FIG. 2 shows an example electron micrograph of liposomes prepared by these methods. These liposomes contain encapsulated RNA encoding full-length RSV F antigen. Dynamic light scattering of one batch showed an average diameter of 141 nm (by intensity) or 78 nm (by number).

The percentage of encapsulated RNA and RNA concentration were determined by Quant-iT RiboGreen RNA reagent kit (Invitrogen), following manufacturer's instructions. The ribosomal RNA standard provided in the kit was used to generate a standard curve. Liposomes were diluted 10× or 100× in 1× TE buffer (from kit) before addition of the dye. Separately, liposomes were diluted 10× or 100× in 1× TE buffer containing 0.5% Triton X before addition of the dye (to disrupt the liposomes and thus to assay total RNA). Thereafter an equal amount of dye was added to each solution and then ˜180 μL of each solution after dye addition was loaded in duplicate into a 96 well tissue culture plate. The fluorescence (Ex 485 nm, Em 528 nm) was read on a microplate reader. All liposome formulations were dosed in vivo based on the encapsulated amount of RNA.

Encapsulation in liposomes was shown to protect RNA from RNase digestion. Experiments used 3.8 mAU of RNase A per microgram of RNA, incubated for 30 minutes at room temperature. RNase was inactivated with Proteinase K at 55° C. for 10 minutes. A 1:1 v/v mixture of sample to 25:24:1 v/v/v, phenol:chloroform:isoamyl alcohol was then added to extract the RNA from the lipids into the aqueous phase. Samples were mixed by vortexing for a few seconds and then placed on a centrifuge for 15 minutes at 12 k RPM. The aqueous phase (containing the RNA) was removed and used to analyze the RNA. Prior to loading (400 ng RNA per well) all the samples were incubated with formaldehyde loading dye, denatured for 10 minutes at 65° C. and cooled to room temperature. Ambion Millennium markers were used to approximate the molecular weight of the RNA construct. The gel was run at 90 V. The gel was stained using 0.1% SYBR gold according to the manufacturer's guidelines in water by rocking at room temperature for 1 hour. FIG. 1 shows that RNase completely digests RNA in the absence of encapsulation (lane 3). RNA is undetectable after encapsulation (lane 4), and no change is seen if these liposomes are treated with RNase (lane 4). After RNase-treated liposomes are subjected to phenol extraction, undigested RNA is seen (lane 6). Even after 1 week at 4° C. the RNA could be seen without any fragmentation (FIG. 4, arrow). Protein expression in vivo was unchanged after 6 weeks at 4° C. and one freeze-thaw cycle. Thus liposome-encapsulated RNA is stable.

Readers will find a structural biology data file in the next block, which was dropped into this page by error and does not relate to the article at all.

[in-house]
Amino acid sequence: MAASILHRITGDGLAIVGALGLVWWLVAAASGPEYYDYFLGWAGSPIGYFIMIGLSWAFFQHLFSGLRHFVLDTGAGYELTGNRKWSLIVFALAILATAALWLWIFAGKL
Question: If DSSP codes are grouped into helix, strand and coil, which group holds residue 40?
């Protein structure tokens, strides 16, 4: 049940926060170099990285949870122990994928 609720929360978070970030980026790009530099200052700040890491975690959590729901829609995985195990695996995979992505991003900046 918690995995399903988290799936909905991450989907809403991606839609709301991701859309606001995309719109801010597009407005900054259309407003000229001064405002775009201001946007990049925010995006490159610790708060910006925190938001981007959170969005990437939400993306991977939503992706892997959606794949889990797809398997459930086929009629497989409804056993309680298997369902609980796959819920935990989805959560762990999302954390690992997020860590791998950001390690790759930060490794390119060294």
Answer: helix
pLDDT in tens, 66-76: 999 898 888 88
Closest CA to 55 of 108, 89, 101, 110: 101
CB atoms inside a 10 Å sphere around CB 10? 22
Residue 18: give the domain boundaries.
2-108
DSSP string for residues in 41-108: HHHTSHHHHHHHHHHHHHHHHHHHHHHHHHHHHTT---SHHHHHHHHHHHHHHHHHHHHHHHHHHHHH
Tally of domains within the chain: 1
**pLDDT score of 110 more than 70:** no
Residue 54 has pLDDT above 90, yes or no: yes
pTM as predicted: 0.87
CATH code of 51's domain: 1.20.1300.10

To assess in vivo expression of the RNA a reporter enzyme (SEAP; secreted alkaline phosphatase) was encoded in the replicon, rather than an immunogen. Expression levels were measured in sera diluted 1:4 in 1× Phospha-Light dilution buffer using a chemiluminescent alkaline phosphate substrate. 8-10 week old BALB/c mice (5/group) were injected intramuscularly on day 0, 50 μl per leg with 0.1 μg or 1 μg RNA dose. The same vector was also administered without the liposomes (in RNase free 1×PBS) at 1 μg. Virion-packaged replicons were also tested. Virion-packaged replicons used herein (referred to as “VRPs”) were obtained by the methods of reference 51, where the alphavirus replicon is derived from the mutant VEEV or a chimera derived from the genome of VEEV engineered to contain the 3′ UTR of Sindbis virus and a Sindbis virus packaging signal (PS), packaged by co-electroporating them into BHK cells with defective helper RNAs encoding the Sindbis virus capsid and glycoprotein genes.